On February 11, 1990, Buster Douglas, a 42-1 underdog,  knocked out heavily favoured Mike Tyson in the 10th round of their world heavyweight fight in Tokyo to crown himself the new champion.   

 

Twenty six years eerlier in 1964, Cassius Clay, (later christened Muhammad Ali), an 8-1 underdog,  knocked out  Sonny Liston in a monumental upset noted more for its historical significance than anything else.  

 

Those were only two of shocking reversals, not only in the sport of sweet science but in other sports a well, that left fans thrilled and excited and will  inspire and motivate the unheralded upstarts to hope to duplicate.

 

Australian no. 2 contender Jeff Horn is no exception. The former schoolteacher, in fact, has been very vocal since his title encounter with titlist Manny Pacquiao  was announced, to exploit the historical facts to the hilt and beat the Filipino World Boxing Organization welterweight  titleholder in  their July 2 date and emerge the new 147-pound champ.

 

To accomplish his goal, the 16-0-1 win-loss-draw record holder with 11 KOs knows too well that he needs more than luck because his 22-year veteran opponent also owns a piece of  history in his 59-6-2 with 38  stoppage impressive resume making Pacquiao an overwhelming favourite. 

 

Overcoming an underdog tag is not new to Paquiao. On the way to becoming the only boxer to win 11 world titles in eight weight divisions, the two-time Philippine Congressman now Senator started his rise to international prominence by crowning himself the International Boxing Federation super-bantamweight  titlist by stopping Lehlo Ledwaba in the sixth round while fighting as a substitute and, therefore, an underdog.  That was in 2001.

 

The 2000 ‘Fighter of the Decade,’ was, likewise, at the losing end of the odds when he overwhelmed Marco Antonio Barrera for the Ring Magazine featherweight plum, Juan Manuel Marquez for the World Boxing Council super-featherweight crown and David Diaz for the WBC lightweight diadem.

 

Ditto when he fought his first 147-pound bout against Olympian and legendary Mexican-American Oscar DeLa Hoya who was heavily favoured  when they met on December 8, 2008 only to quit and retire unable to answer the bell signalling the start of the 8th of the 12-round classic.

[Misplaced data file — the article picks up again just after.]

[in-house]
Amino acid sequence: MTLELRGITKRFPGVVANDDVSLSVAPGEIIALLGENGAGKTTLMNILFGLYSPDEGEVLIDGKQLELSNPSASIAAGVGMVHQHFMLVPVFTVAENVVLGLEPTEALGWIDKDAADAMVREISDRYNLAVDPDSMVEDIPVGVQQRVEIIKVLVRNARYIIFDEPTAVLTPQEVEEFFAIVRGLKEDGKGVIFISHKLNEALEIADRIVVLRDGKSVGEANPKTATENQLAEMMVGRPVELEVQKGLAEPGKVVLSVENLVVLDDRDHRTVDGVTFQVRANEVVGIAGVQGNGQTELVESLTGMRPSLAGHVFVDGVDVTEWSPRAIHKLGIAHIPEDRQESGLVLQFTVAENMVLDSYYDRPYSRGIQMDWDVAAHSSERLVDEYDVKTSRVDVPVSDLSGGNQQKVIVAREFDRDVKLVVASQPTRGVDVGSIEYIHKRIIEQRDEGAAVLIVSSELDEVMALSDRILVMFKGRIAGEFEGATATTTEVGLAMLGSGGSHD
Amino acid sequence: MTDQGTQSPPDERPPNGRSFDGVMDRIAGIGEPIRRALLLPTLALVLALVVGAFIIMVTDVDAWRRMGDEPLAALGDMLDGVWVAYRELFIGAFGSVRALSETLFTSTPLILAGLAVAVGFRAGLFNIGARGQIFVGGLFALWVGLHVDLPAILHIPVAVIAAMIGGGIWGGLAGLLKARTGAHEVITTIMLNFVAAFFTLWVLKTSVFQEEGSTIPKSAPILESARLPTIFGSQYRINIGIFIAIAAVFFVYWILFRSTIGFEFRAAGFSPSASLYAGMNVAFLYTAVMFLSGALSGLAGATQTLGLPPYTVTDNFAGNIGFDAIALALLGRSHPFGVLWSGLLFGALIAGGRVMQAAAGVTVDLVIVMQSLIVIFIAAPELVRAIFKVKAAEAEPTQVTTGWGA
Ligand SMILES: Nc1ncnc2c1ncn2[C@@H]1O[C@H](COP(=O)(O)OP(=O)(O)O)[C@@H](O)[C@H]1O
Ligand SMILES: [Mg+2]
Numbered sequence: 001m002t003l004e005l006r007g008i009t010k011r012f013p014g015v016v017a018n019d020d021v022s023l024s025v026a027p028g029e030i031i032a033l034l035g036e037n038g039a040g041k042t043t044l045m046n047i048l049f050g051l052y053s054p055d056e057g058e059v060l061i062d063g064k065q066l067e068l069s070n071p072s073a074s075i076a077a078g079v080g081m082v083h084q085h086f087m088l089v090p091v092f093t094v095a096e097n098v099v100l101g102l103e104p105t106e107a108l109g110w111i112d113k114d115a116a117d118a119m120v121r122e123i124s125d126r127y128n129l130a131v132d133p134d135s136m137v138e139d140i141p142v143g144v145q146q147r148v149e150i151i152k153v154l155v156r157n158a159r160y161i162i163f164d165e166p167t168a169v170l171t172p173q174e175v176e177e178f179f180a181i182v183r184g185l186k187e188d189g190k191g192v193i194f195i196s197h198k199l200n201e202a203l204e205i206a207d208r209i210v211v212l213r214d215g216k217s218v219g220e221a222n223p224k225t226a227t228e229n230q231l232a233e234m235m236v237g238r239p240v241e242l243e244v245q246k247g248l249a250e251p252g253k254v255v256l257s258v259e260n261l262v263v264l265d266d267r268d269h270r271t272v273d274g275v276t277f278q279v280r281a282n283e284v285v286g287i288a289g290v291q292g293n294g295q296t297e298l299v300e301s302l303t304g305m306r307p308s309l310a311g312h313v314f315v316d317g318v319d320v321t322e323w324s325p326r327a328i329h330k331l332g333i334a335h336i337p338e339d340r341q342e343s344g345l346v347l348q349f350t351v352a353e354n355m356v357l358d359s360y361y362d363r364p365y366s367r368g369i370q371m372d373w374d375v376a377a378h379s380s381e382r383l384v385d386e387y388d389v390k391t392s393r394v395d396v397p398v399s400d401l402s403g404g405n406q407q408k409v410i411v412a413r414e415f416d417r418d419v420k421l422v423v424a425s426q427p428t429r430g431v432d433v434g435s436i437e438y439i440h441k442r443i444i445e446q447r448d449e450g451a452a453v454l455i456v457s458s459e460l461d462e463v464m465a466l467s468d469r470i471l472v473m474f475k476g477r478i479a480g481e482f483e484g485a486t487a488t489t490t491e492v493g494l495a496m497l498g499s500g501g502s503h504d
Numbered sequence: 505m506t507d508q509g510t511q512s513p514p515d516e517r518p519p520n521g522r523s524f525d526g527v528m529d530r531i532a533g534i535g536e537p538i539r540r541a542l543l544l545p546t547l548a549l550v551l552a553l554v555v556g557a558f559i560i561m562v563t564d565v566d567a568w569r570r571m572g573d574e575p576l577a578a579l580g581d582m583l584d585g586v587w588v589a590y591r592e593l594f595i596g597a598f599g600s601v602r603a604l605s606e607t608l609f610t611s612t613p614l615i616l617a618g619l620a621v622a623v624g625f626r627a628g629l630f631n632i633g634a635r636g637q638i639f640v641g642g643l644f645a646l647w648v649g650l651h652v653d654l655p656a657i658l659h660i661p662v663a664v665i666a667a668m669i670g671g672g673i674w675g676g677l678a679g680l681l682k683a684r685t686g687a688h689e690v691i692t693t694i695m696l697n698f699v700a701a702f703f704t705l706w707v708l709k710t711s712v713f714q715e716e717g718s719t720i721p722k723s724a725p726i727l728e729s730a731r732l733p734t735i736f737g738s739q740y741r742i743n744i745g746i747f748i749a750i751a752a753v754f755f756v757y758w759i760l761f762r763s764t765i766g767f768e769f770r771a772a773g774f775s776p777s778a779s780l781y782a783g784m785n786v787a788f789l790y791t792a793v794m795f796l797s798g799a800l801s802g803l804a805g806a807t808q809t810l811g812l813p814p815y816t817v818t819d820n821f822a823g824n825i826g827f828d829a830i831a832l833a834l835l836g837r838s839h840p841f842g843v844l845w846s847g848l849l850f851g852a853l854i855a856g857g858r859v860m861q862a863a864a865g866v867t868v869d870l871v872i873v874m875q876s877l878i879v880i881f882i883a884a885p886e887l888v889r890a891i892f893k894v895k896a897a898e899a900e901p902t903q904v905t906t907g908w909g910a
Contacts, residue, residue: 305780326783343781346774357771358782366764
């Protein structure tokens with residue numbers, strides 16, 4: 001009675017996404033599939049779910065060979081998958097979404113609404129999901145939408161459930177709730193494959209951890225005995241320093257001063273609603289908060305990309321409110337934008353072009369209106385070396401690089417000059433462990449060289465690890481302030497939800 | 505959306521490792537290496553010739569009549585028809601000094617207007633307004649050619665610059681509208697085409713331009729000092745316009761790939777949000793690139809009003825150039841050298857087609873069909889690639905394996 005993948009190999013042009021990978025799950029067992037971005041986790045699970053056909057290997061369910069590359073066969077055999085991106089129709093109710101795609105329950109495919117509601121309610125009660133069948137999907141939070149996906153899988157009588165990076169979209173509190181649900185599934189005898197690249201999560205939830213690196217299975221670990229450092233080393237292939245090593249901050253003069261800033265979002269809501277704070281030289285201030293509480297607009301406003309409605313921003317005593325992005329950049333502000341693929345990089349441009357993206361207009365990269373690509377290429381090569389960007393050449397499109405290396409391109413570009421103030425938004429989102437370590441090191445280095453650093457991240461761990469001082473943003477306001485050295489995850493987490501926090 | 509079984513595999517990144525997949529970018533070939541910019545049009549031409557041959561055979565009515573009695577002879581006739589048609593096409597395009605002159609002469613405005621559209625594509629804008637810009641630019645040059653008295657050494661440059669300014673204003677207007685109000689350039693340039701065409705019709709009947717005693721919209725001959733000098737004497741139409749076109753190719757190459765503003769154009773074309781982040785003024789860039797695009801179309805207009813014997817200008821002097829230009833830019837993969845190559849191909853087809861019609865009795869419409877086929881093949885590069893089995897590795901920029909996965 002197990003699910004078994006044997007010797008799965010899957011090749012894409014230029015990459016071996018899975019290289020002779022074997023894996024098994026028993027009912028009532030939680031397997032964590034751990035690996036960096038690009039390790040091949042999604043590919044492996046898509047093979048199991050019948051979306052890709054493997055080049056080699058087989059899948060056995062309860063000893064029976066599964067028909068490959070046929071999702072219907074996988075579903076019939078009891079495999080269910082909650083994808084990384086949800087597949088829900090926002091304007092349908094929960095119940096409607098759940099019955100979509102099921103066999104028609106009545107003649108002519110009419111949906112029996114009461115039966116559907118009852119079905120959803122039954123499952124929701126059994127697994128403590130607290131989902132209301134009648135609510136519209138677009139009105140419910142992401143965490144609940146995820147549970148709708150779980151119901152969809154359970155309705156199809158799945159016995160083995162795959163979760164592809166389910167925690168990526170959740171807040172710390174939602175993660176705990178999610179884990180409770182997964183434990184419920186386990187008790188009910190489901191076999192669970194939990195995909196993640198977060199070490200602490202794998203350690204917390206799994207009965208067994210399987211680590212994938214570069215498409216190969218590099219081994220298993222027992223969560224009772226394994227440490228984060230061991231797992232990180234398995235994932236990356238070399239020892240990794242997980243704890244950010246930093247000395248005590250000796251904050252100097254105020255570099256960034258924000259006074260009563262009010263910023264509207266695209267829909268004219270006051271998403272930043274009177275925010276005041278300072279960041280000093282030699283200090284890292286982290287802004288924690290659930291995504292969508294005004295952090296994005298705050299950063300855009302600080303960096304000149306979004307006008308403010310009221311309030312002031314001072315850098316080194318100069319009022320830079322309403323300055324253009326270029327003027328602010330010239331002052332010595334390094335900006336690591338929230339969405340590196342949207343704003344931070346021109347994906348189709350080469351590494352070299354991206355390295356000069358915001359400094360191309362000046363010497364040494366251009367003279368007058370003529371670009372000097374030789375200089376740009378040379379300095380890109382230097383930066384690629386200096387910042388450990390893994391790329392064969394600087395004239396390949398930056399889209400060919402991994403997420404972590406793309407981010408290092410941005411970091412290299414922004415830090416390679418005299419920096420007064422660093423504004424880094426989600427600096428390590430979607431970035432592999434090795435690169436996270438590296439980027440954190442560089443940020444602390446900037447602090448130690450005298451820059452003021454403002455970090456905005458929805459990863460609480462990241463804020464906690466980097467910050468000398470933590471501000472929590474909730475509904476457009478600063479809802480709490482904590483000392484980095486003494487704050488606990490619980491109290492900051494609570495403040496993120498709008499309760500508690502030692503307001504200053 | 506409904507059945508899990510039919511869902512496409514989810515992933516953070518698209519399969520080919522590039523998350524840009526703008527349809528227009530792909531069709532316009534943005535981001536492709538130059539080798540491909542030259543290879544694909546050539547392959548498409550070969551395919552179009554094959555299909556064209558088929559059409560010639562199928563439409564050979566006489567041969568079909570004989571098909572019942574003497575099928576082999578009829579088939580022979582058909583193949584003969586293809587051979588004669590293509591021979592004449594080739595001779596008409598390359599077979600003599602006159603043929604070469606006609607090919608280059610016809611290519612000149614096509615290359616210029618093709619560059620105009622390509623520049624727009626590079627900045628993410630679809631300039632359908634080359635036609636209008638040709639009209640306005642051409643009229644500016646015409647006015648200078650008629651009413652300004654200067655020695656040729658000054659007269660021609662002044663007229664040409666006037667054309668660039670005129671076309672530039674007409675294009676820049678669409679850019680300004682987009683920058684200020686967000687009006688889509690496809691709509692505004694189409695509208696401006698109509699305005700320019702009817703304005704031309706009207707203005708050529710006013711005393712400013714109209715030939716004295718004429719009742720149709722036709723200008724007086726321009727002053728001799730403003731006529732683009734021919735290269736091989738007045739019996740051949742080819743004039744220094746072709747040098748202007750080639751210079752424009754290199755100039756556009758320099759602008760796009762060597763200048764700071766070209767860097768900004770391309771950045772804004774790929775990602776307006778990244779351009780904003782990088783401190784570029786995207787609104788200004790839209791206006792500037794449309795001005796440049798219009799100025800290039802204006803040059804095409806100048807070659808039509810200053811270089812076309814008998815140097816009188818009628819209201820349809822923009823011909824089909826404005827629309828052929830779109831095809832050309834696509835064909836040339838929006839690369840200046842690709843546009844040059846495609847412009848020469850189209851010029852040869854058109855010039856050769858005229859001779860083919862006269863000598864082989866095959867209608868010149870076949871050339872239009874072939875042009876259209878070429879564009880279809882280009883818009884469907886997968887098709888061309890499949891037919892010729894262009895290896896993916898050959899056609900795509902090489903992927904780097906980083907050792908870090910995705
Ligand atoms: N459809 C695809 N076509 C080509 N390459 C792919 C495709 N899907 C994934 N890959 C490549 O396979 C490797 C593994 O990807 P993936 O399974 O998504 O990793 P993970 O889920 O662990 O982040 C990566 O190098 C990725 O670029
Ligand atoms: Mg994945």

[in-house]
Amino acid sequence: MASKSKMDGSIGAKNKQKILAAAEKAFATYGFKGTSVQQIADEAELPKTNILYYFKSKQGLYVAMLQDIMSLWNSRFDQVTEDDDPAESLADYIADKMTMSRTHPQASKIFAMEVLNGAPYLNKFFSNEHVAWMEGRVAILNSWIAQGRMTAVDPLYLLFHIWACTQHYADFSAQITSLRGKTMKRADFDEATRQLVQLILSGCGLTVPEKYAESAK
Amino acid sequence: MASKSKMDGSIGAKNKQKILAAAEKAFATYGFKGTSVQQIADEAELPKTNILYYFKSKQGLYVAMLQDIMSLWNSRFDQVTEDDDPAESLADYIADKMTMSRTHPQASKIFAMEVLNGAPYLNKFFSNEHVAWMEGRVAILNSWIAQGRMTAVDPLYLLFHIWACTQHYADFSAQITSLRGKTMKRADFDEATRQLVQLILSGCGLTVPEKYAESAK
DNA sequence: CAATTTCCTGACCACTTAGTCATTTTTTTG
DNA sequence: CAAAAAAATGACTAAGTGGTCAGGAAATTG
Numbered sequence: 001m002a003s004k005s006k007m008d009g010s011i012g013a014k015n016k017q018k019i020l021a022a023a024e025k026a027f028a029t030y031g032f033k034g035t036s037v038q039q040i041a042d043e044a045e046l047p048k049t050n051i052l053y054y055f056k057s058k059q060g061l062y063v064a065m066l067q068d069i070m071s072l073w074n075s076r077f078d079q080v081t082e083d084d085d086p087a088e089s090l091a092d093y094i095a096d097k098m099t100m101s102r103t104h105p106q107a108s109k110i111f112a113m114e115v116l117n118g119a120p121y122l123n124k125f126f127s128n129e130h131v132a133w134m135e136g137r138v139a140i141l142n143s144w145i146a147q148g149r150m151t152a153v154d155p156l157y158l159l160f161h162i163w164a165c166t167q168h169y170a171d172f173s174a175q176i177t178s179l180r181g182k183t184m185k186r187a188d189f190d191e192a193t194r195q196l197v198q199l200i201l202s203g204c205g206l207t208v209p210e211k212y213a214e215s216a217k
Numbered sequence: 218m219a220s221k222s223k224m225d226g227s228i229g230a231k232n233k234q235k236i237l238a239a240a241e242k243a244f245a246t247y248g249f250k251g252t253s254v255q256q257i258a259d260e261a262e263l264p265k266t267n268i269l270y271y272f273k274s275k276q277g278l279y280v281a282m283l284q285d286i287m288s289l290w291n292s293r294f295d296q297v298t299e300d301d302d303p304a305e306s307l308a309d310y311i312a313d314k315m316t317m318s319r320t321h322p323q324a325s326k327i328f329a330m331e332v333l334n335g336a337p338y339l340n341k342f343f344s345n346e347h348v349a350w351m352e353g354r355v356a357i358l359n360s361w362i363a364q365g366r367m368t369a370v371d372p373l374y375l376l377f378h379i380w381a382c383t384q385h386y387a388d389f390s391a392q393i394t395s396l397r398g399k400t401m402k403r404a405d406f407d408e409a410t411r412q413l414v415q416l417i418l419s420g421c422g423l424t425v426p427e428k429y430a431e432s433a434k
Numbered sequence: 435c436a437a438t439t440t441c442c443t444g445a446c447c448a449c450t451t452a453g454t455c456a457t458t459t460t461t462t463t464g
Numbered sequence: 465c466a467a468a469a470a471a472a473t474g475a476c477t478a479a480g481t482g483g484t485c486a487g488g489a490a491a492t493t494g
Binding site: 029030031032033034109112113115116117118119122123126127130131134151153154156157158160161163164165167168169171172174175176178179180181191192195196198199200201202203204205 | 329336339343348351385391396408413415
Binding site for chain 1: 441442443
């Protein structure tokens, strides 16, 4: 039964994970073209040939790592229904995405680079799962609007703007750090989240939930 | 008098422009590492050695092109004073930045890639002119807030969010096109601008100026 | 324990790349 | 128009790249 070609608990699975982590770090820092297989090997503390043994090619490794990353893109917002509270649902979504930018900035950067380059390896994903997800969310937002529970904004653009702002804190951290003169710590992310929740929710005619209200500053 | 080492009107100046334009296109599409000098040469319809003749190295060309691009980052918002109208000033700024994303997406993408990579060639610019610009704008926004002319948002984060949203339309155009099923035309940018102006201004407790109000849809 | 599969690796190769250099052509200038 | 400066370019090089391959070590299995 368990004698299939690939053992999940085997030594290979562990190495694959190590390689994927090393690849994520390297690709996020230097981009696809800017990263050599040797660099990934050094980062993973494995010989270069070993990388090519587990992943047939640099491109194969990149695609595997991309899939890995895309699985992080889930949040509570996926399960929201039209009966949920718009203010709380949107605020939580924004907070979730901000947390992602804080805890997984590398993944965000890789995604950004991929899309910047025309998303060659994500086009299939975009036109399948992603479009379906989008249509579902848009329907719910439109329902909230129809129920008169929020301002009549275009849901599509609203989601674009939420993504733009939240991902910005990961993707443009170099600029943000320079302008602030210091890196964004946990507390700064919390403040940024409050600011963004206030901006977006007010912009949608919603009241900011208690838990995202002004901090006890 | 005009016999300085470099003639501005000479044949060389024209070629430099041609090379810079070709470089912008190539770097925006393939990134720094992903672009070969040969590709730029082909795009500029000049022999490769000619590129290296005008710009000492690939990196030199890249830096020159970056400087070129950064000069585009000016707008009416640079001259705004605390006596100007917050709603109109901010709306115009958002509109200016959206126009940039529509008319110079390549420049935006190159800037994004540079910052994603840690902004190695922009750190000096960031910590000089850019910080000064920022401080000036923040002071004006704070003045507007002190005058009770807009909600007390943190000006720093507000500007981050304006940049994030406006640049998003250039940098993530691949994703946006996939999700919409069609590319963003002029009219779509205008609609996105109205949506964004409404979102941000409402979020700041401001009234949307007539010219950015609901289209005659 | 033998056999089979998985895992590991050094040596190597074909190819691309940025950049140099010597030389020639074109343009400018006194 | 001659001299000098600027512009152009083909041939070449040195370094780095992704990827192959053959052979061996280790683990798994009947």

Having been a victim himself of upset losses, Pacquiao, also popularly known as “Pacman,” the “Pacific Storm” and “Mexicutioner,” among others, said he’s aware of those chances happening in his coming fight.

 

“Na-realize ko na ‘yan noon pang pumayag ako na labanan si Jeff Horn,” Pacquiao said. “Oo nga’t marami akong tinalo bilang underdog, may mga laban din naman ako na natalo as a favourite.”

 

The three-time WBO welterweight belt owner was referring to his first defeat in a young career in 1998, a KO at that, dealt him by Rustico Torrecampo and, three years later, by Thai Medgoen Lukchaopormasak that cost him the WBC flyweight title he won earlier from another, Thai Chatsai Sasakul.

 

“Those twin losses hurt, especially yung kay Medgoen kasi world champion na ako. But those defeats, at the same time, taught me lessons,” he reminisced. “After that, pinangako ko na di na ako dapat matalo, especially sa isang baguhan.”    

    

The Filipino ring great suffered three more setbacks later in his career – to Erik Morales in 2005, Tim Bradley and Marquez, both in 2012. He more than avenged his loss to Morales by knocking him out twice. Same with Bradley, who he outpointed two times later. That loss to Marquez, via KO,  merely brought their four-fight record to 2-1-1 win-loss-draw in his favour. (Eddie G. Alinea/PhilAmPress)